And here we thought 2010 was a sexy one for Los Angeles.
Our most popular news stories in 2011 make last year's fare -- alleged John Travolta sightings at a gay spa, Vegas broads who sell sex to make rent -- look wholesome by comparison. Los Angeles was a blur of nude pics and racy murders these last 12 months, and yes, we wrote all about it.
Here are LA Weekly's top 11 news stories of the year, by measure of web traffic. Nostalgia, ultra:
11. "Give Sodomy a Chance"
By Paul R. Abramson and L.J. Williamson
This lawyerly entry in LA Weekly's big wintertime sex issue raised all the right questions about our right (or non-right) to fornicate when, and how, we wish. It brought in more readers, somehow, than the UCLA sex survey and Sailor Moon/giant bunny photo shoot combined.
To be clear, sodomy law refers to either oral or anal sex. It would be a bleak day if Congress made the eradication of the backdoor and the blow job a priority over war, economic upheaval and environmental disasters, but that's beside the point. The bigger question is, does sex, sodomy included, warrant constitutional protection?
By Chris Vogel
In a federal lawsuit against 843 "John Does" who uploaded "1 Night in Paris" to the Internet -- identified only by their IP addresses -- XPays, the company who inherited Hilton's swan song from Rick Salomon, made a somewhat laughable attempt to uphold sex-tape copyright in the digital age.
Not only does the company claim it has lost lots of money, it also says in the lawsuit that such illegal distribution of the sex tape allows minors to "download adult entertainment content without being subject to the age verification process that most adult content-providers require."
See, it's not just all about the money. It's about the children.
By Simone Wilson
Playboy recently announced that its current Lindsay Lohan-does-Marilyn issue is setting new sales records for the company. Even though we only posted two photos as a preview -- and later took them down, at Playboy's request -- this measly post on the leak of Lohan's big "classy" comeback shot into the year's top stories in a matter of weeks. Guess everyone really wanted to see Venice Beach's hottest mess without clothes on. Go figure.
The way Playboy king Hugh Hefner is Tweeting this thing up, you'd think the Lohan photo leak was orchestrated to hype the issue.
Even if this isn't a PR stunt, it's doing great things for a dying icon. Hell, Playboy hasn't gotten this much buzz since L.A. County health officials found pneumonia in the grotto.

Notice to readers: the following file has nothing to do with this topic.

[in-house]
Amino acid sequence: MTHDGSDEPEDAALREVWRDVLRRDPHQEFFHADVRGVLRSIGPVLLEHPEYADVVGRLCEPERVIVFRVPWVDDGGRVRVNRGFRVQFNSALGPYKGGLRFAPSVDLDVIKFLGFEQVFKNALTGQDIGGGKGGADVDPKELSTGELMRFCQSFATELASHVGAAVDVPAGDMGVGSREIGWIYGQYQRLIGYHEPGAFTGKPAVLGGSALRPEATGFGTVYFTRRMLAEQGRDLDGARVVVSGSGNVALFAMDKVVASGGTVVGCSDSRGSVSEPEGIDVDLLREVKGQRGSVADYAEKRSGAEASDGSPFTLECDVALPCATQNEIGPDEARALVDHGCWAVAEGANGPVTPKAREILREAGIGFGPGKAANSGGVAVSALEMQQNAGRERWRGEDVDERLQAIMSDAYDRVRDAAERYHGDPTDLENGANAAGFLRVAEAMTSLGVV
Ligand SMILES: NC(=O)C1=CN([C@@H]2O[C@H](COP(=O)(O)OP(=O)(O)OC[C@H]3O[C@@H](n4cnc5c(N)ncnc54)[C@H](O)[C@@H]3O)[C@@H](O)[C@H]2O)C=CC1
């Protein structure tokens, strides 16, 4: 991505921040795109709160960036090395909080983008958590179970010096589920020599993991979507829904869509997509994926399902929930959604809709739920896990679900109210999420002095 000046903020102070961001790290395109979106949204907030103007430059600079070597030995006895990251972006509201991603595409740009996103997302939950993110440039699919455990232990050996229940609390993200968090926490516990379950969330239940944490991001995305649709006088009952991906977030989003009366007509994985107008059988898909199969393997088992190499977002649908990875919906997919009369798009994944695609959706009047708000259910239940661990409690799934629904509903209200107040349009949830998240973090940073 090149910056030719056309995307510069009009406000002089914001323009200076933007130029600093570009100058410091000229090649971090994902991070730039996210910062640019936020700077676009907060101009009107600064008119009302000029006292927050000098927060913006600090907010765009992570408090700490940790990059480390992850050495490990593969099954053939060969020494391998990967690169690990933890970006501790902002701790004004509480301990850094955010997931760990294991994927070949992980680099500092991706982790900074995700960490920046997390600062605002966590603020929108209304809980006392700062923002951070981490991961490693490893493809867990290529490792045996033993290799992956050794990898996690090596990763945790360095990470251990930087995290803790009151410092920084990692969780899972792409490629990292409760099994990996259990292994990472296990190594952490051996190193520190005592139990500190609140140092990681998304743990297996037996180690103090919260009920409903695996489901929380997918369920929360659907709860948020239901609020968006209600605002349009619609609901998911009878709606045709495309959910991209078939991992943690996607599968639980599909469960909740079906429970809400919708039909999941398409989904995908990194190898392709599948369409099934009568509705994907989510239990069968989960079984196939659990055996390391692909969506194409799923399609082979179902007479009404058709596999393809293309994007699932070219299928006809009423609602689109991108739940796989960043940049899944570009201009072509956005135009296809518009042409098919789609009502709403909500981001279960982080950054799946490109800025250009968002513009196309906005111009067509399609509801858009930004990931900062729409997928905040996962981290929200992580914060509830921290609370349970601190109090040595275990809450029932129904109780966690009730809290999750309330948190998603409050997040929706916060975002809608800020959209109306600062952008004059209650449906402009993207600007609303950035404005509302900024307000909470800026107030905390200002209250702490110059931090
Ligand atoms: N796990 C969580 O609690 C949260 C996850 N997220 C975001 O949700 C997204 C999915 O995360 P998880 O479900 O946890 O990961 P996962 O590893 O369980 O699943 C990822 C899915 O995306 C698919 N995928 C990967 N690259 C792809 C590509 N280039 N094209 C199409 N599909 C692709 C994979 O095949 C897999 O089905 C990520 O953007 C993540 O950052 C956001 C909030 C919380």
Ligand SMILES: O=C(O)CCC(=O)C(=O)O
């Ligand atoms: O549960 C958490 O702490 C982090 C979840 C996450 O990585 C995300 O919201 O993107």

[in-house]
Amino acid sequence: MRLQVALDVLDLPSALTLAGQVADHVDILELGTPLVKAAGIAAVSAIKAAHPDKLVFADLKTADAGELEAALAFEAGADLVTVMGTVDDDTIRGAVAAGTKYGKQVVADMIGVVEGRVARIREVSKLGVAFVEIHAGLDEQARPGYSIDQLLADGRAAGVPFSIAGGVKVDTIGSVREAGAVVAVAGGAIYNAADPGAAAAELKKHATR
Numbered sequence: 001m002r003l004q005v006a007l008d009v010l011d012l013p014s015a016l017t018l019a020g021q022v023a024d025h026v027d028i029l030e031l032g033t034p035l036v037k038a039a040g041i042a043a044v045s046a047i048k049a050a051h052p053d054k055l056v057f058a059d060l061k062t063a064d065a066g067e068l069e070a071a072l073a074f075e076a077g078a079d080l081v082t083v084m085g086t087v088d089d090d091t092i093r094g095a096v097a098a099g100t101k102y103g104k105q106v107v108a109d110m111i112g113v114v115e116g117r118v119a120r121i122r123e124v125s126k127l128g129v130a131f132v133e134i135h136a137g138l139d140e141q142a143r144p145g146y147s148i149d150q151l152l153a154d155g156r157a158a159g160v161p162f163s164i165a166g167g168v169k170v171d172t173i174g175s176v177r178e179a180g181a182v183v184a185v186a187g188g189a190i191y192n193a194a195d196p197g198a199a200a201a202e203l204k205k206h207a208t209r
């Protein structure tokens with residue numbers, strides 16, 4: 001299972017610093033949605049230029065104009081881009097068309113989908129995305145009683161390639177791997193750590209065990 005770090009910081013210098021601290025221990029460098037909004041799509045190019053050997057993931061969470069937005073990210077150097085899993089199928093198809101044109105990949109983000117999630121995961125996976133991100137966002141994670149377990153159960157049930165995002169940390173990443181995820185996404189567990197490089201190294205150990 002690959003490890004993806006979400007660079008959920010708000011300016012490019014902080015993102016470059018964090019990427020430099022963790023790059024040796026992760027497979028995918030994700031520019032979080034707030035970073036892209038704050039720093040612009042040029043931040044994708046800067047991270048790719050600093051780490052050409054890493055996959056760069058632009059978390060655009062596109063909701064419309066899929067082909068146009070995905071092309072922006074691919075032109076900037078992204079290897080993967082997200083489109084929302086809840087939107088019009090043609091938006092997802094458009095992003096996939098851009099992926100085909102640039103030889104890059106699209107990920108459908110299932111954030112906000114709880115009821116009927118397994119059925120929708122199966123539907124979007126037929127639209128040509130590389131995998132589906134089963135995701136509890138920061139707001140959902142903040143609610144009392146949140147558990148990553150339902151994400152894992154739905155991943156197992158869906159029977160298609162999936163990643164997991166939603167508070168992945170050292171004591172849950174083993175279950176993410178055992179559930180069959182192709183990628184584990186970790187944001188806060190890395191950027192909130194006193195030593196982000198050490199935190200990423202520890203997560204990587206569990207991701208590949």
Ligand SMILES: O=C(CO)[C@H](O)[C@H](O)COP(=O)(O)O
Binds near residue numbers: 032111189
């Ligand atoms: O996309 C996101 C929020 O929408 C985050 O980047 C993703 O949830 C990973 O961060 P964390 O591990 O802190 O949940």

By Simone Wilson
L.A. City Hall hypocrisy, exemplified. Political skeptics over at Drudge flocked this post to rip our elitist mayor to shreds for ordering the king's men to erect a barrier between him and the people -- after rising to office on a "bridges not walls" platform, no less. Good riddance.
Indeed, we're having trouble thinking of a single instance in which the mayor was subjected to some danger that the rest of Los Angeles hasn't been subjected to as well.
Oh right -- librarians and city workers with picket signs. Scary stuff, really: In April, the library folk went so far as to sit on the mayor's lawn, where they brought out the big guns -- BOOKS -- and read them aloud to children.
Nothing a blighty "F y'all" wall can't fix!
By Dennis Romero
Apparently not understanding that women are totally turned off by penis pics, nor understanding what can happen to these things in the 21st century wifi-sphere (especially with bloodthirtsy bloggers like Andrew Breitbart around), U.S. Congressman Anthony Weiner made the fateful mistake of sending this cock shot to one of his online victims. Forgive us for a second time:
By Chris Vogel and Simone Wilson
When ex-LAPD Detective Greg Kading told us he had been sitting on documents and tapes that could potentially solve the Tupac and Biggie murders, we knew this would get big. But after listening to hours of Compton gangster "Keffe D" talk about Sean "Puffy" Combs and his alleged pledge of $1 million for Tupac's head, the gravity of the evidence really sunk in. So why didn't the LAPD follow up on that confession? Nor give an explanation, in recent months, for dropping Detective Kading's investigation? We smell a coverup.
A barrel-chested black man with a front tooth missing, relaxed yet instinctively cautious, is seated across from four spellbound cops in a glass-walled conference room at 8200 Wilshire Blvd.